Jarryd Hayne says he is no superman, but the Parramatta fullback is on course to surpass the heroics of his incredible 2009 season.
His grand-final teammate Eric Grothe says the Eels star is playing better football than when he led Parramatta to the premiership decider five years ago.
Questions over whether the Hayne Plane would ever soar at such heights have haunted the No.1 since he produced the type of football that left many wondering if they had just witnessed a once-in-a-generation phenomenon.
In just 17 games this season he has scored more tries (17) and produced more line-break assists (8) than he did in 26 games during Parramatta’s run to the 2009 grand final.
And Grothe says the maturity and leadership he has added to his game has made him an even more potent weapon than 2009.
“In ’09 I don’t think he was as mature considering his experience, but now he’s really taken on the leadership as well as his freakish brand of footy,” Grothe said on Monday.
“It all happened very quickly in ’09, and it went from really bad to really good very quickly. But this year Haynesy has been good all the way through, and so have Parramatta – that’s why he’s a better player today than he he was back then.
“He’s still relatively young , so it will be interesting to see how much better he gets. I think ’09 was one of the worst and best things that happened to him. Everything he did after that has been compared to that one year. That’s unfair because the whole team hasn’t gone well, and they’ve been expecting him to produce magic when they haven’t helped. He’s also a good organiser of his troops these days.”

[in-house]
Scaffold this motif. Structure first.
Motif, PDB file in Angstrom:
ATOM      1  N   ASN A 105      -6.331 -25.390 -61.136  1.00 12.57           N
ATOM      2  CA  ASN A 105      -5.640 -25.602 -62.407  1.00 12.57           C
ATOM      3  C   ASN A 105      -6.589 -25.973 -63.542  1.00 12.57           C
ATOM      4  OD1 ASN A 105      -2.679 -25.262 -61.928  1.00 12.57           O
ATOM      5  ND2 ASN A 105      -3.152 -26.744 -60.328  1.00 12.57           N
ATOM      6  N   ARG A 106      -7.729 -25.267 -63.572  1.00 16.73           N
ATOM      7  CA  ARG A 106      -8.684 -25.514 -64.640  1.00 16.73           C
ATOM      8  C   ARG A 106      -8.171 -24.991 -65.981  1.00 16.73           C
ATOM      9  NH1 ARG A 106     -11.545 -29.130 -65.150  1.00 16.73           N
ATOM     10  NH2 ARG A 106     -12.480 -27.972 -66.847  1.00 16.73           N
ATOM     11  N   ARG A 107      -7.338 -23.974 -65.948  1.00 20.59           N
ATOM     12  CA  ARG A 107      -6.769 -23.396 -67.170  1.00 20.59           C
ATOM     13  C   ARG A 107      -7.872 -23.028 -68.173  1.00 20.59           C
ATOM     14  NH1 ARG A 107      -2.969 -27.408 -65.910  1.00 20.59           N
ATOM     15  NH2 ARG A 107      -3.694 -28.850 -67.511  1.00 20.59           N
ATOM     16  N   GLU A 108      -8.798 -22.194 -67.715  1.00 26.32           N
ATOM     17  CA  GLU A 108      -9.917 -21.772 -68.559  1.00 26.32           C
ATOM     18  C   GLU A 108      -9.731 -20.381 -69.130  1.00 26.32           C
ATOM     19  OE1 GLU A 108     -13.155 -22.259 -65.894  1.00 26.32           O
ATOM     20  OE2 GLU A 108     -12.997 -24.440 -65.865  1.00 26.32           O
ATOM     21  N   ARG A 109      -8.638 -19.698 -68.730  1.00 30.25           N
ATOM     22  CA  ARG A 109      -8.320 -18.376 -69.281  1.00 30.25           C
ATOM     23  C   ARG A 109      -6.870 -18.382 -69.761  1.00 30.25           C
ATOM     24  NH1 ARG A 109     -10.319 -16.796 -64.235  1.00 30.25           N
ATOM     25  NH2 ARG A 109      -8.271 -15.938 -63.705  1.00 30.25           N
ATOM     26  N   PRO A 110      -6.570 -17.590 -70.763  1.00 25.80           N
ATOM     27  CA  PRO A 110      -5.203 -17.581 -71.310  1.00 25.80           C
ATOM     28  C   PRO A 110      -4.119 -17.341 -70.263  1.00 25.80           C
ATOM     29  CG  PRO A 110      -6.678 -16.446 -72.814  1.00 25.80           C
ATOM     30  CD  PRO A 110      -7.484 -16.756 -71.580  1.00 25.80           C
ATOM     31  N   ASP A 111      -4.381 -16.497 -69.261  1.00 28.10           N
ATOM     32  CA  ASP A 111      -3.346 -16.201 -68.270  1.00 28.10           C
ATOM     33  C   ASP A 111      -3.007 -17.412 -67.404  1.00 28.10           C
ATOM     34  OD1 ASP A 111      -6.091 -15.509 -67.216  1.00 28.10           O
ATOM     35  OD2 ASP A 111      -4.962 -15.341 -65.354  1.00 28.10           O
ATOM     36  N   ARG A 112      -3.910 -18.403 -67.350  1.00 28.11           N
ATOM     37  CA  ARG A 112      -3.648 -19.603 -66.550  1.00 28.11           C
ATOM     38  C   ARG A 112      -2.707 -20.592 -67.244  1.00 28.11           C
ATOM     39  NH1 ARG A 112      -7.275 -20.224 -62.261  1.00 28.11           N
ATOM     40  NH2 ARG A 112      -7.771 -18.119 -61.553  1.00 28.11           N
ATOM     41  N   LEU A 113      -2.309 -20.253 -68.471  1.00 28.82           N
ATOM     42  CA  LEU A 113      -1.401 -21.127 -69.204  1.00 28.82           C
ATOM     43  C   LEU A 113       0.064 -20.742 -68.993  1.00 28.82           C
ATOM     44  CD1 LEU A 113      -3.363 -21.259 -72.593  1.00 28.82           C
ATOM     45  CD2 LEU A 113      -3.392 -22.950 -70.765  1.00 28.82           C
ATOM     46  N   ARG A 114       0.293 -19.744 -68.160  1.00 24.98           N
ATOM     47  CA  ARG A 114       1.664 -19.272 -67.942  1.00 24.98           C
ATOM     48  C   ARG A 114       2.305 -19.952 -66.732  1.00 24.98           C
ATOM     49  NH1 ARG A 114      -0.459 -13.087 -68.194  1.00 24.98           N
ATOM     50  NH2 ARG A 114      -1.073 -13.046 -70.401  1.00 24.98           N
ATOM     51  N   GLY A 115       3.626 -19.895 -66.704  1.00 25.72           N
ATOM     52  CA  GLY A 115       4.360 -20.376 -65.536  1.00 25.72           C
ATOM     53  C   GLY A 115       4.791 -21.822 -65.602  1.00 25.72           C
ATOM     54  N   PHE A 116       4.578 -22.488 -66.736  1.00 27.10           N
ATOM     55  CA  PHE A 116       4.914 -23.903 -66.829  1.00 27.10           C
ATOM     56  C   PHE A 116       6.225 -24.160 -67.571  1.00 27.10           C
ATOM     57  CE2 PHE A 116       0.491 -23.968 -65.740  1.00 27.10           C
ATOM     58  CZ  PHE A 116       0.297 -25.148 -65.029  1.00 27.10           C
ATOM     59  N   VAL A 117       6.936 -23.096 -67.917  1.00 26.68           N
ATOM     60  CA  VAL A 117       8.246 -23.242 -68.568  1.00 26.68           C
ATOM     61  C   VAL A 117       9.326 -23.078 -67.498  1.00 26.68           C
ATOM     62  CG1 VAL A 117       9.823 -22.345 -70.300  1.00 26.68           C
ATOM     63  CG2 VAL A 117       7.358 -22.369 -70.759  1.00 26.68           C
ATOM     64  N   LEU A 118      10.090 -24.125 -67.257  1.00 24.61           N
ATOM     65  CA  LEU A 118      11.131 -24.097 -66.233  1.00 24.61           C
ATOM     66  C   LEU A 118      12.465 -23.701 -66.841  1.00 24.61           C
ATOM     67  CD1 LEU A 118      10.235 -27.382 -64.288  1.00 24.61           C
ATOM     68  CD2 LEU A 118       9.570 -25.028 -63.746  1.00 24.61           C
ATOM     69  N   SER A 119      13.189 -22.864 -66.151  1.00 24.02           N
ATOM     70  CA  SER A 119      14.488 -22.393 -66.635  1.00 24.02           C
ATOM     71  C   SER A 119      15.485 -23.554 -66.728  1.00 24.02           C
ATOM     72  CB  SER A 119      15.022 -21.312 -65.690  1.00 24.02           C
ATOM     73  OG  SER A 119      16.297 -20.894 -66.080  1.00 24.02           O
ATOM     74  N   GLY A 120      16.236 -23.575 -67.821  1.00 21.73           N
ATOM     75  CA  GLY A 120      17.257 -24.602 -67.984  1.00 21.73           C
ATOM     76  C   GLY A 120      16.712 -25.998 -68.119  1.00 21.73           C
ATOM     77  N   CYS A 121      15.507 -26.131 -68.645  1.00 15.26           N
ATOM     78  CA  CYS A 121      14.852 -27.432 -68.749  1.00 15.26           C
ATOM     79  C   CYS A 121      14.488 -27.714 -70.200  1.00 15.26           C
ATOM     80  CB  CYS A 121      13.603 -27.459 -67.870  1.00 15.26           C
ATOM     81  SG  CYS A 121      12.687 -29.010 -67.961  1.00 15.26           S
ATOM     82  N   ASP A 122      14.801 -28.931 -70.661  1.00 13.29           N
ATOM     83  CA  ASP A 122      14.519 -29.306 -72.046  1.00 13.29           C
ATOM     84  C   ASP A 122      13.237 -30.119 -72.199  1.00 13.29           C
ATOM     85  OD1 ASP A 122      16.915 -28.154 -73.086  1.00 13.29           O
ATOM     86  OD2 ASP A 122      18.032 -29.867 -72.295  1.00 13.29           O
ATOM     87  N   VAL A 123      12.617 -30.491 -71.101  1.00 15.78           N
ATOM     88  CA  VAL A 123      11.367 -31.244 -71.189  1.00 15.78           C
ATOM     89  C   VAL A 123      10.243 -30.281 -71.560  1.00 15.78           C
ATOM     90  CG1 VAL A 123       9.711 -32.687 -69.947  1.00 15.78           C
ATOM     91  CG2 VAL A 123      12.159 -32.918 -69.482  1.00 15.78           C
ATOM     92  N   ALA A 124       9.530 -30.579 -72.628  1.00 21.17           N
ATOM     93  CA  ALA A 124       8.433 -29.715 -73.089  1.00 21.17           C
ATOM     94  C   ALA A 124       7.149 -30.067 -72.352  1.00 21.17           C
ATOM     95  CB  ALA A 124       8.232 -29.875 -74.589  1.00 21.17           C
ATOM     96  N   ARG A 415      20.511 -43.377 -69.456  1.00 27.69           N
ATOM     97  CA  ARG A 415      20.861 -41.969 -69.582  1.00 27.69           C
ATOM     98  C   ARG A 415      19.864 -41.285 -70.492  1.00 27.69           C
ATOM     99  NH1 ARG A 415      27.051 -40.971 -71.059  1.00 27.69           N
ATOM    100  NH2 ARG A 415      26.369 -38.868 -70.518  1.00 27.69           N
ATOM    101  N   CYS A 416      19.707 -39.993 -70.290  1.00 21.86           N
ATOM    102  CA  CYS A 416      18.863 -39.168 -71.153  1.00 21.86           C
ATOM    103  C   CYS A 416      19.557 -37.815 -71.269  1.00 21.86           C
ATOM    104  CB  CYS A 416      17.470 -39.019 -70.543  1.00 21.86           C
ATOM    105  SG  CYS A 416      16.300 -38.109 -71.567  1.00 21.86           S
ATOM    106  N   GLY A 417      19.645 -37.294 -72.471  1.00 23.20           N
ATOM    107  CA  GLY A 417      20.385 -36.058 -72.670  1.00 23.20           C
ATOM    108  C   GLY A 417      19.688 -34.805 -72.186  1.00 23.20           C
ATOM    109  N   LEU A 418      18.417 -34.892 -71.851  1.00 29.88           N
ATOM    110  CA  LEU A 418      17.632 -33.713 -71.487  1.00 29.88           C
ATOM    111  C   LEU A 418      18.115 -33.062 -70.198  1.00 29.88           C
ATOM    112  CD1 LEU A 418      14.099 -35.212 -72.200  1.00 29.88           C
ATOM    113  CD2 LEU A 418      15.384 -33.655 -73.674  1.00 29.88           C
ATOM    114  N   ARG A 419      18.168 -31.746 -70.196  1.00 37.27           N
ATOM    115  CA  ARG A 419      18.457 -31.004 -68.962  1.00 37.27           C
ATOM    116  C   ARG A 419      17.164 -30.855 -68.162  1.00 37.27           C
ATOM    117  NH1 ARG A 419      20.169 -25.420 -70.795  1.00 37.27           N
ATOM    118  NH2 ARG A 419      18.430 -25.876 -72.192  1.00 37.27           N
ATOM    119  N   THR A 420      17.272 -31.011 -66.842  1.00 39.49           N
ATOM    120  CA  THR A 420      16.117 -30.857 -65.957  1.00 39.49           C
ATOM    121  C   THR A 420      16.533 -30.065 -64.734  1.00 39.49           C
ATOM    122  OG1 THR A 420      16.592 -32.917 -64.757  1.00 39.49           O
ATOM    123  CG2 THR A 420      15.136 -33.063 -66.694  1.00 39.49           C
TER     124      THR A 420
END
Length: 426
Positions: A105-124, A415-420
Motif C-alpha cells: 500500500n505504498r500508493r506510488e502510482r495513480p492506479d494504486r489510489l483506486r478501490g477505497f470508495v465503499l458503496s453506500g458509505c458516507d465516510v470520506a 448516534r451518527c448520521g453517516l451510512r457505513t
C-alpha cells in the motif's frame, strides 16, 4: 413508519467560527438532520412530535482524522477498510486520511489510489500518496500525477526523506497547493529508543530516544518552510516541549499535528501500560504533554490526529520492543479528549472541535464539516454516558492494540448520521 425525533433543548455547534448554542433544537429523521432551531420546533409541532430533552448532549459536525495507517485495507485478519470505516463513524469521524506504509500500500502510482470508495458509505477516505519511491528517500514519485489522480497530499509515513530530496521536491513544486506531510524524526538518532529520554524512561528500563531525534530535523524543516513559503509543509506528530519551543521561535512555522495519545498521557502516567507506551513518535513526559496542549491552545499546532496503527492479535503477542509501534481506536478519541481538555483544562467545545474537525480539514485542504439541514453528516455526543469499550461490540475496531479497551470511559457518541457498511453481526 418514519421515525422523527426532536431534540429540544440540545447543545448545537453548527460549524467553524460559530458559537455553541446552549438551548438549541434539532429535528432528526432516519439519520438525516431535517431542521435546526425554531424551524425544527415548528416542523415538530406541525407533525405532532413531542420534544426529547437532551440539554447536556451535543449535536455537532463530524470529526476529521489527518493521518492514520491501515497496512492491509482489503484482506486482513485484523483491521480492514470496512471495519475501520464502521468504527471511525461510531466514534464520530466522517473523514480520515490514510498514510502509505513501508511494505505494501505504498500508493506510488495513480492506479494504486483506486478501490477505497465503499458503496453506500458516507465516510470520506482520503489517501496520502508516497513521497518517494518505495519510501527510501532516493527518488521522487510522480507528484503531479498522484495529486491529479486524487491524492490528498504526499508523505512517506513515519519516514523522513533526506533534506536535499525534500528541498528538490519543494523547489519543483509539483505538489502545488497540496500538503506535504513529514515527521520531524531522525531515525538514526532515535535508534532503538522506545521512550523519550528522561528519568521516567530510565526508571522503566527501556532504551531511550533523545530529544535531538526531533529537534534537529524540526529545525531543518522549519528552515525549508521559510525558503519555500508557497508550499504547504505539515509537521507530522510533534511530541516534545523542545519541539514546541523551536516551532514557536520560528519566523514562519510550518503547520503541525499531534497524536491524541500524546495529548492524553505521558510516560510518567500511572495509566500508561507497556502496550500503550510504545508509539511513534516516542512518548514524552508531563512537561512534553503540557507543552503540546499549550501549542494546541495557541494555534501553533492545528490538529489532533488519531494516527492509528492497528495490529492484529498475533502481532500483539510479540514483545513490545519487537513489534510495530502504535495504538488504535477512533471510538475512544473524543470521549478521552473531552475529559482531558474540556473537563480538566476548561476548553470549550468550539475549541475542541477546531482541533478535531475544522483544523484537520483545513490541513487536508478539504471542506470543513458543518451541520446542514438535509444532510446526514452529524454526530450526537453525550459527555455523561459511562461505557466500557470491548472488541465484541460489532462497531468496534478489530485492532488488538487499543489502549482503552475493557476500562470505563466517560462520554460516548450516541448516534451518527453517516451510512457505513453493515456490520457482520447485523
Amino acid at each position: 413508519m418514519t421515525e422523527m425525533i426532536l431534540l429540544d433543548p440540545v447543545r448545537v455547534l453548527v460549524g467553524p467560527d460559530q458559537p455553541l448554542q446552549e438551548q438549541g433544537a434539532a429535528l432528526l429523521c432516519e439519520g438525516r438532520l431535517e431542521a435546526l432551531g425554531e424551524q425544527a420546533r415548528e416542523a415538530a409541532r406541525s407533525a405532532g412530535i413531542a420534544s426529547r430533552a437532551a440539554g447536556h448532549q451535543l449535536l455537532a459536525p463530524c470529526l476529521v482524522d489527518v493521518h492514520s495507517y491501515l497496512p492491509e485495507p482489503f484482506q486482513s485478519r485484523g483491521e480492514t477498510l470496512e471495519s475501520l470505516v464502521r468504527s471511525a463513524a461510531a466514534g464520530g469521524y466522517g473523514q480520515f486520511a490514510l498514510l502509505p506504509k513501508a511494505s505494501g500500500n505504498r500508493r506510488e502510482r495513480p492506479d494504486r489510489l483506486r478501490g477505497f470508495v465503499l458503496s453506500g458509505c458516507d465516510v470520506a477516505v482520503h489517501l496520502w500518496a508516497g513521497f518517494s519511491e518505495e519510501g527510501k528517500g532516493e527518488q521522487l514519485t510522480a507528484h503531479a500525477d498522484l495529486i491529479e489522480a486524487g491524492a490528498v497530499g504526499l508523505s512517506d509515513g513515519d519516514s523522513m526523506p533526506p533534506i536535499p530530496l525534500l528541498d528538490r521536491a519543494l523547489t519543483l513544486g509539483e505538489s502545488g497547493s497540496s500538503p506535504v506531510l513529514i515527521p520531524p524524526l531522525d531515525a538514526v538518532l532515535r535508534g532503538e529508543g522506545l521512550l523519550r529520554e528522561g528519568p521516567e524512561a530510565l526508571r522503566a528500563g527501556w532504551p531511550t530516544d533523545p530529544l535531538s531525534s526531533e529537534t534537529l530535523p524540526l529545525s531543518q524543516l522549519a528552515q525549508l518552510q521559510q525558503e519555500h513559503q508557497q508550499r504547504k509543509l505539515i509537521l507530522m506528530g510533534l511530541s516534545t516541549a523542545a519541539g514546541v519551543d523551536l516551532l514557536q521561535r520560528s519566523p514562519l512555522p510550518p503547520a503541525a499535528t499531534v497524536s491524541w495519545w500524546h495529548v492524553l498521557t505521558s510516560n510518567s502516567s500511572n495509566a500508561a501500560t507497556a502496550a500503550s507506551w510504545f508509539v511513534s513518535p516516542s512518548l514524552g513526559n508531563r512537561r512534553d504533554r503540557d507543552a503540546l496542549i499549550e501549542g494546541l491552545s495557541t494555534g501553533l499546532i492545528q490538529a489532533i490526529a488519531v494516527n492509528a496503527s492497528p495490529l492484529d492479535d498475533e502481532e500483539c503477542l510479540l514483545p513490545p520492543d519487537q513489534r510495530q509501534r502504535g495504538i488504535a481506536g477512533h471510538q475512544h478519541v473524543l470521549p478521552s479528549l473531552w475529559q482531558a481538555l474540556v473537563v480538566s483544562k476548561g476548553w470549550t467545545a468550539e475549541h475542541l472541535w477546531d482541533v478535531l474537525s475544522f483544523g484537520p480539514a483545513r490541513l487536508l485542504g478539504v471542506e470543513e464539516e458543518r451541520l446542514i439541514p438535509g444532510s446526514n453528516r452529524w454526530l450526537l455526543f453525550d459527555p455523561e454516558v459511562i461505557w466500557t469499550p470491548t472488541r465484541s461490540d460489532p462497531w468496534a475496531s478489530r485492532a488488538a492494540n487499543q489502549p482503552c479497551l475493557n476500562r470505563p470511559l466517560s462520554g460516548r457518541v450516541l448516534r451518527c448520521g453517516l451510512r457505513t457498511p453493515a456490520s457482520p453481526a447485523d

While the Eels have struggled since that grand-final loss against Melbourne, Hayne insists the hype surrounding his performances did not get the better of him.
“I had my head screwed on right,” Hayne said last month.
“I knew why we were winning and for me it will always be about the team. The blokes that I played with were playing out of their skin and I was just the bloke that finished it off. I’ve always said when Parra is going well and when I’m going well it’s because of the blokes up front. You see that with any club. When you’ve got forwards who want to run hard and tackle hard, I do my thing on top of that. But if they don’t want to do that, I’m no superman.”
The common denominator in both of Hayne’s best seasons in the NRL is Daniel Anderson, the former Eels coach who rejoined the coaching staff as the club’s football manager this season.
“I always liked Daniel as a coach,” Hayne said.
“At the time the board didn’t like him, so that was disappointing. I found him a really good coach. He’s just straight up and honest. He’s a bit old school, too, so he’ll tell you how it is. Some blokes don’t like that. Especially the generation these days, you’ve got to cuddle them and rock them into first grade and you can’t be too harsh on them.
“For me, I thought he was great, although he doesn’t have anything to do with the stuff on the field these days. With Brad Arthur, I think Brad is the most ideal coach for the club at the moment. He’s a great coach. We couldn’t have got anyone better.”
Hayne’s former teammate Matt Keating, who came off the bench in the grand final, says Hayne is almost back to the form of 2009.
“He’s not far off,” Keating said. “I think he feels like it’s his team now. As soon as he got the co-captains role, you could see another person coming out in him. It’s taken him 12 to 18 months to finally realise what that confidence and responsibility can do for him, and that he can get back to where he was [in 2009].”
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